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NORTH ROYALTON CITY SCHOOLS FESTIVAL OF THE BANDS Imagine a whole night dedicated to the halftime performances of high schools throughout Ohio without any interruptions from a football game. This was the ideal night for 12 high school bands who performed at the North Royalton Festival of Bands on September 16. The night began at 7 p.m. at Serpentini Stadium in North Royalton where 4,000 friends and family members came to cheer on the performers. North Royalton High School as well as Lutheran West, Keystone, Field, Padua, Brooklyn, Westlake, Copley, Olmsted Falls, Riverdale, and Brecksville/Broadview Heights high schools performed with a special finale performance from the marching band at Tiffin University. This was a non-competitive event where bands simply enjoyed seeing the 2017 halftime performances of other schools. The 1,897 students who marched even had the opportunity to play an extra song or two in addition to their performance because they were given a longer time to play than at a football game. These performances allowed the bands to fine tune their routines and in the case of North Royalton and Copley,

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helped them to prepare for the upcoming Ohio Music Education Association (OMEA) contest. OMEA promotes music education and holds contests for student musicians from primary school to university level each year. These contests are adjudicated and each student or group is given a rating based on their performance among other categories. The night began with North Royalton performing their pregame show, each high school following consecutively with their halftime shows. Under the direction of David Vitale, the 280-person North Royalton band played their halftime show whose theme is: “Of Wishes and Dreams.” This theme includes Disney songs: “When You Wish Upon a Star,” “Once Upon a Dream,” “A Dream Is a Wish Your Heart Makes,” and Les Miserables’ “I Dreamed a Dream.” After Tiffin University closed the performing portion of the evening, the bands were dismissed and marched to their buses to head back to their schools.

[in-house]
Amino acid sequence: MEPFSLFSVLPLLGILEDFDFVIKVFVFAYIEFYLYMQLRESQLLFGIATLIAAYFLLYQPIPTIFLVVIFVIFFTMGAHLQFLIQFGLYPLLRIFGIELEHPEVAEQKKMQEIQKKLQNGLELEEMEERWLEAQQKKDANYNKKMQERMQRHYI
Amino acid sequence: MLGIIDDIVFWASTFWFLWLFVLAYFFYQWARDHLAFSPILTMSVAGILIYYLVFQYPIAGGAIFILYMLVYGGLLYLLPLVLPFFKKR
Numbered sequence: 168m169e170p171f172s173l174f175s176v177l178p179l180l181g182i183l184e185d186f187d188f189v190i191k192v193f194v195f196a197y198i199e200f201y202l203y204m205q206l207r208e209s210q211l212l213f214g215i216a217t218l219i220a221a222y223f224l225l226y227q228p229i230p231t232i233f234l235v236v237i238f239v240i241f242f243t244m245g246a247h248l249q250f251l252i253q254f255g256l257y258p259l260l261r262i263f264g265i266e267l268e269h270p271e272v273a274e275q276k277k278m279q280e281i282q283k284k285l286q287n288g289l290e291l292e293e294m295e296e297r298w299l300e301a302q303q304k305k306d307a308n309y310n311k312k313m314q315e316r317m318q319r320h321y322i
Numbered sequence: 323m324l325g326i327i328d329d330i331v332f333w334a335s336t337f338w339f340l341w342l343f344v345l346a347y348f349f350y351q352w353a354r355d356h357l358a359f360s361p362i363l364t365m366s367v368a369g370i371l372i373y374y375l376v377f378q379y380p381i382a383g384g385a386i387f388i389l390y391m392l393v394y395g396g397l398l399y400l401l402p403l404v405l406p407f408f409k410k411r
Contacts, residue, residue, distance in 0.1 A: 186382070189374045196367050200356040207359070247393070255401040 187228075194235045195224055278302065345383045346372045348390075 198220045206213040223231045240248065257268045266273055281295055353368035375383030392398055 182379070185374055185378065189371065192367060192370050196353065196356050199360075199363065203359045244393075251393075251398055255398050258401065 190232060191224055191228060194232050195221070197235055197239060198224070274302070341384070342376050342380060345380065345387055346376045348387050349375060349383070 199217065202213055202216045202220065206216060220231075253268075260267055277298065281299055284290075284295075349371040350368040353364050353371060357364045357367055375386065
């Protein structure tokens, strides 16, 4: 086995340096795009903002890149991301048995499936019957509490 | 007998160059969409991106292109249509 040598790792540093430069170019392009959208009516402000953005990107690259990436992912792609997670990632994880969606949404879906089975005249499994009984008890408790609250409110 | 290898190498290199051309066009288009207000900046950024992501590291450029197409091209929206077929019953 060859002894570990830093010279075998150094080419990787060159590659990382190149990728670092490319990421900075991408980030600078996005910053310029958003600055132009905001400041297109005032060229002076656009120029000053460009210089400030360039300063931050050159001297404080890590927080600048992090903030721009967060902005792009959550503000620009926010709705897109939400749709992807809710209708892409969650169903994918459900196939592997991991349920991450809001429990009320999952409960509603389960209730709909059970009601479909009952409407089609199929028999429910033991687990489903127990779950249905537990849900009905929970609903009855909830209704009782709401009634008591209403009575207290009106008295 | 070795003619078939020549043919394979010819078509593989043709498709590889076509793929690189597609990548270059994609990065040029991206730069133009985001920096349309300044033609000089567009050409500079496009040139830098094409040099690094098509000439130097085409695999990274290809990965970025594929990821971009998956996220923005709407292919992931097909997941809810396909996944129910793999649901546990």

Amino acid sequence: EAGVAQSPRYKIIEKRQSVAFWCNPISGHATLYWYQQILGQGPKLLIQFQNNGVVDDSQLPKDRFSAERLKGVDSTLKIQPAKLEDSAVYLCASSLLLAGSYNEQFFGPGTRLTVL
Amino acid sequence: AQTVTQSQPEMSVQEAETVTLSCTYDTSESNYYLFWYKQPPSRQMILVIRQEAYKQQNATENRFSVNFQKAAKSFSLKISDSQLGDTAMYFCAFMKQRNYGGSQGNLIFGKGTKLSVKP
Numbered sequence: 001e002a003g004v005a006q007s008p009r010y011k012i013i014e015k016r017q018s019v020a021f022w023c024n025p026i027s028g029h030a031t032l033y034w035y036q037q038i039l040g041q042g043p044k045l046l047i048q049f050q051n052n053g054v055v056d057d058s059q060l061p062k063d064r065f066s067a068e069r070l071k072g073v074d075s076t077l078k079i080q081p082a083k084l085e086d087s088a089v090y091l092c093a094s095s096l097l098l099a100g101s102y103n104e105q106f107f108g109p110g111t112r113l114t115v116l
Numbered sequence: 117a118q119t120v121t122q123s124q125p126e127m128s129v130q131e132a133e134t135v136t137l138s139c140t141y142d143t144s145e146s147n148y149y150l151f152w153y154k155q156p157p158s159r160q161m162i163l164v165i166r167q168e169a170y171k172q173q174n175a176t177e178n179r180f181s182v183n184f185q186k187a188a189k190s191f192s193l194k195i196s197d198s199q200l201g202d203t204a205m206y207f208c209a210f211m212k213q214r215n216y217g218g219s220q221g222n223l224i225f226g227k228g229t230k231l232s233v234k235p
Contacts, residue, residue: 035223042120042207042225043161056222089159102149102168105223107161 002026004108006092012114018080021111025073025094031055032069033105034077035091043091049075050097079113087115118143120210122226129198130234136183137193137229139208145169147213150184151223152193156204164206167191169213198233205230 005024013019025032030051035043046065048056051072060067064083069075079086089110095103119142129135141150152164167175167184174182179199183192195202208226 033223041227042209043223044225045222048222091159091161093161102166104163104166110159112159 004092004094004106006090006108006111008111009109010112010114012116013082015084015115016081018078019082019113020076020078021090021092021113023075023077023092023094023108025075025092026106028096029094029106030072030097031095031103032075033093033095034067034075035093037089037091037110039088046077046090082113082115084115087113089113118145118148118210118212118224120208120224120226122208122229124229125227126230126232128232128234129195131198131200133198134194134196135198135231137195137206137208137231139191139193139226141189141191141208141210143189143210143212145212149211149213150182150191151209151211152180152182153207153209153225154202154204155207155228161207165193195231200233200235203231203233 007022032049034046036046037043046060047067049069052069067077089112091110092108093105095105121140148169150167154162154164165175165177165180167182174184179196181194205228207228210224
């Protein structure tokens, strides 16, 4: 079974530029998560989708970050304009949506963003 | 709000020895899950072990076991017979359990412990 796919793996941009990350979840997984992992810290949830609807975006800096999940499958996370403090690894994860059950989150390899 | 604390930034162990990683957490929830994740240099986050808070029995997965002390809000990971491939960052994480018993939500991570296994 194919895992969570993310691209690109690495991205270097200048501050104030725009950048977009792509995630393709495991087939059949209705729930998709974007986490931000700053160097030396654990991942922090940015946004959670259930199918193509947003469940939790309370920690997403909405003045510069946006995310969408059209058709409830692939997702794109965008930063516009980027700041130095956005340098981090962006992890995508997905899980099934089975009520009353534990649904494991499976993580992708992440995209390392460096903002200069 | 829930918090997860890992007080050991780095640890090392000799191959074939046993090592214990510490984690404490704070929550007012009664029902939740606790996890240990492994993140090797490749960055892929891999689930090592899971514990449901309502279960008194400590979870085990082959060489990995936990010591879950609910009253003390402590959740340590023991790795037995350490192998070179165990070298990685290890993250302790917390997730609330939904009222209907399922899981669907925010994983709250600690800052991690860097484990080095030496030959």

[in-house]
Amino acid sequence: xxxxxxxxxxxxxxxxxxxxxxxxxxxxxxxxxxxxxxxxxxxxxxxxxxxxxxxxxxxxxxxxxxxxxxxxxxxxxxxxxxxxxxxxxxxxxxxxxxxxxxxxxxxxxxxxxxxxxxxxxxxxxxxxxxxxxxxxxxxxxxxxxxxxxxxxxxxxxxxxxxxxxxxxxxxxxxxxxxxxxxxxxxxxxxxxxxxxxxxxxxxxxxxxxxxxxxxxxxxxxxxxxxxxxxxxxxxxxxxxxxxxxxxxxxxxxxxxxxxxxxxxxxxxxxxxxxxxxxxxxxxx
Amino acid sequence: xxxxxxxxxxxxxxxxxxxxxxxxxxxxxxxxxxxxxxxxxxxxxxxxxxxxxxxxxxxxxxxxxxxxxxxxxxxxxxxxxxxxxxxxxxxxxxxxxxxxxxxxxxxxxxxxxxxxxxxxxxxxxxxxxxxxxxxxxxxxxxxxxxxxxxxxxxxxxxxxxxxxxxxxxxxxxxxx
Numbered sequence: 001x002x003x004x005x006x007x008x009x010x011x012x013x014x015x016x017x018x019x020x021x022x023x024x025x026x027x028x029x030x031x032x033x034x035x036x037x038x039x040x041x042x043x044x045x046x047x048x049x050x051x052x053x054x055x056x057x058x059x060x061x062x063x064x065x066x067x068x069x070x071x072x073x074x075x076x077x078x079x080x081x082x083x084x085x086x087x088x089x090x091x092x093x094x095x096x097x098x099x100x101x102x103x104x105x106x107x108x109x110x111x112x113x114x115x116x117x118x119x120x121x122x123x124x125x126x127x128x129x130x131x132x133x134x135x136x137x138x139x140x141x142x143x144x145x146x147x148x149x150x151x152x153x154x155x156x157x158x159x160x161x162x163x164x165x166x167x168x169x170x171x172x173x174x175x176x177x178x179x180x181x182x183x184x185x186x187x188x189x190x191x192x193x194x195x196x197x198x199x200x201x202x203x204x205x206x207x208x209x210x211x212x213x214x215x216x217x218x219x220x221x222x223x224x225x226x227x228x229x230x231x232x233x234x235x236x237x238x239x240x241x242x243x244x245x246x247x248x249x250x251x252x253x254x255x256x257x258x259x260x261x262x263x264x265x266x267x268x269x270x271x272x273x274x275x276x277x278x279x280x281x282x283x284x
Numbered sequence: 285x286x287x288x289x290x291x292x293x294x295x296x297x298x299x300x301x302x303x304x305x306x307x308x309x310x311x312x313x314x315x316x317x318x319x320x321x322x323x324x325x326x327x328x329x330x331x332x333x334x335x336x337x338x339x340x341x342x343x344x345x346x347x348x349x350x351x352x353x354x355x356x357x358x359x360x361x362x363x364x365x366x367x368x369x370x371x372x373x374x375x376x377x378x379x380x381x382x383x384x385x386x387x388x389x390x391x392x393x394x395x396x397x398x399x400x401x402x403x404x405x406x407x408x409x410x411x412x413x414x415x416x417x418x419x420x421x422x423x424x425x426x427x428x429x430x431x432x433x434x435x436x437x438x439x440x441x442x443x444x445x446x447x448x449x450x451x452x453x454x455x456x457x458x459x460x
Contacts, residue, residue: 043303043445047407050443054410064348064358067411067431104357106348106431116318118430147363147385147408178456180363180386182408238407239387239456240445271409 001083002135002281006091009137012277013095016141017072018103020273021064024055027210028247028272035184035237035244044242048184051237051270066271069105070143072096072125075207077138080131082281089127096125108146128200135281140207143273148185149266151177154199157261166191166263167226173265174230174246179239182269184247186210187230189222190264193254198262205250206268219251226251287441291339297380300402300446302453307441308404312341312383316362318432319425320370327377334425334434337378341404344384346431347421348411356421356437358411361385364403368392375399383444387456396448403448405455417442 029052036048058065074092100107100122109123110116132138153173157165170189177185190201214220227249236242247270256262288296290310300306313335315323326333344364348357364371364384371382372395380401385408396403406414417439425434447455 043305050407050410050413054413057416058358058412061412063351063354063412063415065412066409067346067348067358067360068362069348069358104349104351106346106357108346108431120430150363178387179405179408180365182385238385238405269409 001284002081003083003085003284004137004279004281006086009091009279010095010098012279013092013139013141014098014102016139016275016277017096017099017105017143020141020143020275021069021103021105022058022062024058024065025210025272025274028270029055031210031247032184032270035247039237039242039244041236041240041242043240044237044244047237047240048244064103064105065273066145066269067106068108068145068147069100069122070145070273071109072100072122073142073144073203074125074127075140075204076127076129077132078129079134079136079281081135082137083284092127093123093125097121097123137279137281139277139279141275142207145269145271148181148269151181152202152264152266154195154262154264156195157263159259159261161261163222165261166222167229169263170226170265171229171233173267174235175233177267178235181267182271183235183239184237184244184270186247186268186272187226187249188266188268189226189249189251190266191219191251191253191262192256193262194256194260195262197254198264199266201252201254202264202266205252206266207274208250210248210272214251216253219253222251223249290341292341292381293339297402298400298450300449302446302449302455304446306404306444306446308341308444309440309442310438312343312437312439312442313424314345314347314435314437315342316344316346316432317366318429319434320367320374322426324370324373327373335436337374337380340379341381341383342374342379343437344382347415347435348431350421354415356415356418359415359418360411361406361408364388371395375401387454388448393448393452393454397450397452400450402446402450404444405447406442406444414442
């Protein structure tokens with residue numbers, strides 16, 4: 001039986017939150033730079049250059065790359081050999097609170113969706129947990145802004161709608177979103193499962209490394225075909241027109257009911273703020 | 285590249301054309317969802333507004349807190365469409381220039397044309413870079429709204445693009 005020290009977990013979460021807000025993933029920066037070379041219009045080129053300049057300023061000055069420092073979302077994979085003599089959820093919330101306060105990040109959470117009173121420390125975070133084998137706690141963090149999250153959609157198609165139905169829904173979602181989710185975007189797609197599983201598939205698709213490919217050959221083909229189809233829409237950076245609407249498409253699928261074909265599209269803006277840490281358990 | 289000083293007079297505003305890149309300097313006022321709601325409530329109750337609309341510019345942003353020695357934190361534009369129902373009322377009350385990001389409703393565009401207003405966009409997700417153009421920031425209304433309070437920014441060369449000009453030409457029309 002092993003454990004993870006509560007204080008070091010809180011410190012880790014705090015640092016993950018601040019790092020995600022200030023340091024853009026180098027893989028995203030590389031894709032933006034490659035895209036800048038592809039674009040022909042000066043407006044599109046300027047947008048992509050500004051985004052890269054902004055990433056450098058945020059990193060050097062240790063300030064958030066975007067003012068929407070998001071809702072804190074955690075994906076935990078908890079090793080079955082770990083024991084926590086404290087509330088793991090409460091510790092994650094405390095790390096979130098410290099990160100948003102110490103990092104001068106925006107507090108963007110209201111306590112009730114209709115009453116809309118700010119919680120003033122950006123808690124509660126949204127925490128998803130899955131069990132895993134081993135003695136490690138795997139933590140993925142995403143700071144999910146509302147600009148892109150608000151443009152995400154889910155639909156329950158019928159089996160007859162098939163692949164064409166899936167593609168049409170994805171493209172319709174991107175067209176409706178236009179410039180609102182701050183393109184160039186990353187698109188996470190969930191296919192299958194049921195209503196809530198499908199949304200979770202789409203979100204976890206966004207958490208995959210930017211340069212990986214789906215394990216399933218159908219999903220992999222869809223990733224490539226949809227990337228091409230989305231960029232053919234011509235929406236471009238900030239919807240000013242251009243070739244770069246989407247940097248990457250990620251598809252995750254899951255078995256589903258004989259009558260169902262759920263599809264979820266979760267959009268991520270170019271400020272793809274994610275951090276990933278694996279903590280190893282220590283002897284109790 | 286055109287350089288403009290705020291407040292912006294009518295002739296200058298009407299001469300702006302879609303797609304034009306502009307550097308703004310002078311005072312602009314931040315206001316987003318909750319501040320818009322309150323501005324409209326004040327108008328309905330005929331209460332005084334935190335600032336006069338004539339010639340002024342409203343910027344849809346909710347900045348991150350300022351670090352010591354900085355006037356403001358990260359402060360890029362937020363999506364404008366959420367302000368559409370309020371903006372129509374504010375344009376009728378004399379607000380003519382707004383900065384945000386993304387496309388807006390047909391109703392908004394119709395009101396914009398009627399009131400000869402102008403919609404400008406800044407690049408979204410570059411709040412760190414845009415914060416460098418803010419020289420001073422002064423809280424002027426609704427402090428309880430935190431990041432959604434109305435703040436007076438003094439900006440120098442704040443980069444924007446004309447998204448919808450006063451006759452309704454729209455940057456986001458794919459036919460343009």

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ROYAL VIEW ELEMENTARY STUDENTS VISIT SENIOR CITIZENS AT OFFICE ON AGING On September 18, eight students representing the fourth-grade classes at Royal View Elementary visited the senior citizens at the North Royalton Office On Aging. They worked together to create butterfly pillows to be given to cancer patients undergoing chemotherapy at local hospitals affiliated with University Hospitals Seidman Cancer Center. The adults taught the students how to sew and together they made 40 pillows. “This was a remarkable experience for the students who were randomly selected to represent our

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Royal View fourth-graders,” said School Counselor Beth Ann Kleem, Royal View Elementary. “It was heartwarming to see young and old alike working together toward one common cause, which was to bring a little hope and joy into the lives of cancer patients. Our students engaged so comfortably with the seniors and toward the end of the activity the students were hoping to return again to help with another service project. Most importantly, children understand when they get involved in community service they can make a difference in the lives of others.”